Look for continued demolition of the building over the next few weeks. The final repurposing of the property is likely years away and may be dependent on a future tenant’s ambitions.
UPDATE – Added demolition progress pictures. May 20th, 2021.
UPDATE – Added demolition progress pictures. May 21st, 2021.Back wall is halfway demolished.
UPDATE – May 24th, 2021. Heavy equipment is onsite and working its way into the buildings core. Demolition will progress more quickly in the coming days.
UPDATE – Added demolition progress pictures. May 26th, 2021
UPDATE – Added demolition progress pictures. May 27th, 2021
UPDATE – Added demolition progress pictures. May 28th, 2021
A fire broke out early morning at the Portland Garment Factory located at 408 SE 79th Ave. The 1931 era building suffered a complete structural collapse of its wood structure. The masonry portion of the building remains intact, but the building’s internal structure is a total loss. Representatives from Paul Davis Restoration, who are securing the site, indicated that the whole building is likely unsalvageable and requires demolition.
Portland Fire & Rescue responded to reports of a fire around 3:30 AM Monday. They found the building engulfed in flames and worked to contain the fire from spreading. The two-story commercial building is surrounded on both sides by parking lots. A single-story building on SE 80th abuts the rear wall of the Garment Factory. Damage to that building is not apparent.
Portions of SE Stark Street, SE 80th Ave, and SE 79th Ave are closed while fire crews continue to monitor the extinguished fire and prevent flare-ups. A GoFundMe donation page was established to help Portland Garment Factory rebuild their business ( https://gofund.me/19ab100f ).
Multnomah University will demolish the structurally-compromised A-Frame building on the northeast portion of the campus. The damp wooded environment surrounding the structure’s all-wood construction caused its gradual decline over the last decade. Consequently, the building served as a storage space for the school during the previous nine years.
According to Gina Berquist, Vice President of Enrollment Management at the University, staff reluctantly chose to remove the building from a concern for students’ and employees’ wellbeing. “It was a difficult decision to make to demolish it, but we believe our campus will be safer because of it.” Demolition Permit 21-027906 is currently under review but is not subject the Portland’s 35-day delay period.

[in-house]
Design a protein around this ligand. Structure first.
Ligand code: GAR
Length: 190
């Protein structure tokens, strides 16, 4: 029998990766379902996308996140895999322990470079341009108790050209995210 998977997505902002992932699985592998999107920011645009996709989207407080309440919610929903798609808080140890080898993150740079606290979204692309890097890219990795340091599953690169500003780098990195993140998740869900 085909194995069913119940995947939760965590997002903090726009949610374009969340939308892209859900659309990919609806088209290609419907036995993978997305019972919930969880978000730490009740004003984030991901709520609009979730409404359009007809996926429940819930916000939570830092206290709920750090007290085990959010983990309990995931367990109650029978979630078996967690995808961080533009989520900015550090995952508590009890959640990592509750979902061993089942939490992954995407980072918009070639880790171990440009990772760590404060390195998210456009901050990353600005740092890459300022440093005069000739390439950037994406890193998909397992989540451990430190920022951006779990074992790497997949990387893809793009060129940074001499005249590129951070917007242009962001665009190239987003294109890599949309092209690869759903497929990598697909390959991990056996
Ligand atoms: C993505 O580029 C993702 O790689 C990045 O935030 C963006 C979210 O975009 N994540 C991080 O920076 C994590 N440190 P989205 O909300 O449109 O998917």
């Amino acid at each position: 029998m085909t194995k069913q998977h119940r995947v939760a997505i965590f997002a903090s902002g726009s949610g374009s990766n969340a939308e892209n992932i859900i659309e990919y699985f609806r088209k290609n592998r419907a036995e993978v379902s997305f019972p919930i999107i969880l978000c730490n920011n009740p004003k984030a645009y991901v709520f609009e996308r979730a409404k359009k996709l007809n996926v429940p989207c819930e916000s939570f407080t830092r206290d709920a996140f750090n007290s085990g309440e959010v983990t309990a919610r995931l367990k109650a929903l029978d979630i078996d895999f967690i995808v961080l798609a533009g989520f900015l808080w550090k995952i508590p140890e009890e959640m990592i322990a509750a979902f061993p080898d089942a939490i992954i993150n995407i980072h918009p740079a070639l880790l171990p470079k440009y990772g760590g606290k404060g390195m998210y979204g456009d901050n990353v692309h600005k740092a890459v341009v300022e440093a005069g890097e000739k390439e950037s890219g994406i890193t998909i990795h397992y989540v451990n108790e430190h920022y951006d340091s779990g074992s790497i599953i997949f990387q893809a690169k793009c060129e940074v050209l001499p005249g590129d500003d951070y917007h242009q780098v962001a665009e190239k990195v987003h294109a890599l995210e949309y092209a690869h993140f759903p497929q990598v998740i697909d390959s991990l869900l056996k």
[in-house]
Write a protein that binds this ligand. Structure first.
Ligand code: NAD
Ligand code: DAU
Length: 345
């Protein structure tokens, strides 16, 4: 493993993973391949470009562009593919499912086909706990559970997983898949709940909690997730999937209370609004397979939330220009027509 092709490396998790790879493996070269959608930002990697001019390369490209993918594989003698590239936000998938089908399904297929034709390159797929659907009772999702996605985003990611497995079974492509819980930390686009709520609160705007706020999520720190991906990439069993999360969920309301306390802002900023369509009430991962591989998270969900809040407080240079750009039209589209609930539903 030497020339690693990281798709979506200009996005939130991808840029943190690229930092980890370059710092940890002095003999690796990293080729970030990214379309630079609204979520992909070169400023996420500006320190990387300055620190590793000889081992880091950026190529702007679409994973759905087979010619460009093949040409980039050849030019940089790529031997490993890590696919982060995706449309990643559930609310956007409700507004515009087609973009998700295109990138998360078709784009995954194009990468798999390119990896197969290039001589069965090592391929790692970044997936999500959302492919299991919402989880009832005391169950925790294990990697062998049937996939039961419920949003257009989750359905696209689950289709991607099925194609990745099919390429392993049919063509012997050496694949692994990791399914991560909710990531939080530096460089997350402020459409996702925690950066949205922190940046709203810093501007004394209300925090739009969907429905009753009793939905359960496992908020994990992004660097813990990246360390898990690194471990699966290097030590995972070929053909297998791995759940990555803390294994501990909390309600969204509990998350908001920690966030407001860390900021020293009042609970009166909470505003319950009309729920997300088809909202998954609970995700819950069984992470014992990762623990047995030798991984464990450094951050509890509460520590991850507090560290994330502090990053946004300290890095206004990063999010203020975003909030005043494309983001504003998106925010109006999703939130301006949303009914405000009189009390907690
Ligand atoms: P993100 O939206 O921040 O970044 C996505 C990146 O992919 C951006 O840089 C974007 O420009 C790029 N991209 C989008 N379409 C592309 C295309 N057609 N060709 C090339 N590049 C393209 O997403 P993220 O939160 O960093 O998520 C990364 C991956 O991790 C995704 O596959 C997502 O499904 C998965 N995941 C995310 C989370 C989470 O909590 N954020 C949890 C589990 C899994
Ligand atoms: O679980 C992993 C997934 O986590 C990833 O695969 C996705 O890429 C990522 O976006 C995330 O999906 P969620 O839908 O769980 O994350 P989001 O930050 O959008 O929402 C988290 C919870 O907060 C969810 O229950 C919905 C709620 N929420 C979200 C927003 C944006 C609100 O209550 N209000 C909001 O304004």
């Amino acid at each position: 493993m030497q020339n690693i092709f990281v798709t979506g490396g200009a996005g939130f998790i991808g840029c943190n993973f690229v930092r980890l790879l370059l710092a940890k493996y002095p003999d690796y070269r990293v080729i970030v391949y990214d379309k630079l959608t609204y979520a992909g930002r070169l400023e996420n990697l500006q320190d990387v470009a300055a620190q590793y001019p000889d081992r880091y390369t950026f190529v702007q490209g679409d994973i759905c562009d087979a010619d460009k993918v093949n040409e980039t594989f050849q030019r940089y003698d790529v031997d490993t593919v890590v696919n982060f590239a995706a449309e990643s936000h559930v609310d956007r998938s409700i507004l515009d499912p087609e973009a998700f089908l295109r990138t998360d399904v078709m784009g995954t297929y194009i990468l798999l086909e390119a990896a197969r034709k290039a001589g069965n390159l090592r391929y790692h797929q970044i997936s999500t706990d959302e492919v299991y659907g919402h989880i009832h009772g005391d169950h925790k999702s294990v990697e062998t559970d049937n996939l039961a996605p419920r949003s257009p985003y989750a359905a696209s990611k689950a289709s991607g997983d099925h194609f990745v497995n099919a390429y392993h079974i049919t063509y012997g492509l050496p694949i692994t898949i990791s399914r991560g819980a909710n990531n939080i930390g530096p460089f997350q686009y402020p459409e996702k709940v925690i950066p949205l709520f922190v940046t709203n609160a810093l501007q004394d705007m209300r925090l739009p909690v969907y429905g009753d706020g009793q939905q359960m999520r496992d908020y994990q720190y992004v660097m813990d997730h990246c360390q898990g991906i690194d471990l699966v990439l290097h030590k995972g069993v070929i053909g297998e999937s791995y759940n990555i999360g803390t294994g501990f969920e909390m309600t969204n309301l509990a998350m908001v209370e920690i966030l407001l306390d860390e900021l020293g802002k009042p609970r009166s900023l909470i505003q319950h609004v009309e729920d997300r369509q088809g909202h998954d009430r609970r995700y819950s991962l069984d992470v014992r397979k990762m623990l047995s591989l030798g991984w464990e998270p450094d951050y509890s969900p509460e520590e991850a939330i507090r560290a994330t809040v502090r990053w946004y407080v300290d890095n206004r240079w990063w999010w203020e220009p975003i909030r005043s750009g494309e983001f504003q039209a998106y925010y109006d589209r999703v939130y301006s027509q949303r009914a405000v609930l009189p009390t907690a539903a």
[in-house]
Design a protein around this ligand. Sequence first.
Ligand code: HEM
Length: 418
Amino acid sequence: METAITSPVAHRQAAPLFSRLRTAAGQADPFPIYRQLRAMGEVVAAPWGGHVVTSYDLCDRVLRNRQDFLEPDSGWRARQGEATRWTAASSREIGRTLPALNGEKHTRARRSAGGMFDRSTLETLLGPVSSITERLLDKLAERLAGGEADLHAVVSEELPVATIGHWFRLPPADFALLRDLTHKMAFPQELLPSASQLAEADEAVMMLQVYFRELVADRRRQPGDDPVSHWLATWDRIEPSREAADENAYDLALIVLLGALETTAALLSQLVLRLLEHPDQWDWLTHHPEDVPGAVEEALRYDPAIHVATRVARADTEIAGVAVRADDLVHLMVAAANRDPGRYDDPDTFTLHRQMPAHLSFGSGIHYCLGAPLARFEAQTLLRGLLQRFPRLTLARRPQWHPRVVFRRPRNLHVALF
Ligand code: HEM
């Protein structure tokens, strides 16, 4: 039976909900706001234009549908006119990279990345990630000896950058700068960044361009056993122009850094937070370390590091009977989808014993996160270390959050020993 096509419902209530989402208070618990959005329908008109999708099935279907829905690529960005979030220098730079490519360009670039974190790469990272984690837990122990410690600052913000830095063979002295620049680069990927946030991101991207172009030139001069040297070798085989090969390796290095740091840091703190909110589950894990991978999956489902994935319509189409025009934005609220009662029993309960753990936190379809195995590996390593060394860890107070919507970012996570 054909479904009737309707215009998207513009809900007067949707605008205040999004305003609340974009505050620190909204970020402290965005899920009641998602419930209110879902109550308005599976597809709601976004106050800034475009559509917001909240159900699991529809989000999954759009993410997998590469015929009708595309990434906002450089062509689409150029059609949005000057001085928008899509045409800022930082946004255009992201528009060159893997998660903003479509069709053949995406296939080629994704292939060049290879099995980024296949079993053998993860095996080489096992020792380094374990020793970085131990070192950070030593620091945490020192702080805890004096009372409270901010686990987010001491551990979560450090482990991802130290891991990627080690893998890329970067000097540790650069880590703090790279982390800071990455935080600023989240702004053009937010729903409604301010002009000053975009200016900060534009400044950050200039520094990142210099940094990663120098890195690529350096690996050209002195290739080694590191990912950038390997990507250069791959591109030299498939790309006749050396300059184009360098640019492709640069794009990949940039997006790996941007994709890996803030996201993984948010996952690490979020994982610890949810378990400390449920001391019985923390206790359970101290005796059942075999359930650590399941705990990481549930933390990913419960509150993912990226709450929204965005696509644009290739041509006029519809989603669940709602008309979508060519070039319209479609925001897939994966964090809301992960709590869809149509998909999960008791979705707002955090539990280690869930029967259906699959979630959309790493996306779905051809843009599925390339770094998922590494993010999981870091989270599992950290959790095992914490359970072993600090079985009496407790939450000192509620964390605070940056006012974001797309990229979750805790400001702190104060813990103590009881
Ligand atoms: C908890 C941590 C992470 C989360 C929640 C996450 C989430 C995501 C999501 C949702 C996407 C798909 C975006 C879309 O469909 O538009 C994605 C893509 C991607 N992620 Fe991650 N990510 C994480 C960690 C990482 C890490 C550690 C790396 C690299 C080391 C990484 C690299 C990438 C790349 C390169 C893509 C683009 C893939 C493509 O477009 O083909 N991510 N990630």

In 1974, one of the university’s founding presidents, Dr. Willard Aldrich, commissioned the A-Frame’s construction. It served as an event space, study hall and housed student government offices before becoming storage space. Multnomah University has not announced plans to replace this building after its demolition.
UPDATE – June 5th 2021 add image of site after A-Frame’s removal.
Earlier this month, crews demolished the detached garage at 8739 SE Washington Street to make way for a new home. Only a concrete slab remains from the original structure. The existing 1947 era home will stay on the property, unaltered by this work.
Demolition permit 20-180023 allowed for the deconstruction of the detached garage. Land Use 19-267610 will separate the property into two lots. The scale and amenities of the future house are not yet known. However, with the demolition completed, progress on this development can now progress.
Demolition of the structure at 311 NE 90th Ave will make way for two new townhouses. Each unit will include an attached accessory dwelling unit (ADU) and a single-car garage. The homes will stand three-stories tall, making them the tallest residential buildings in the area.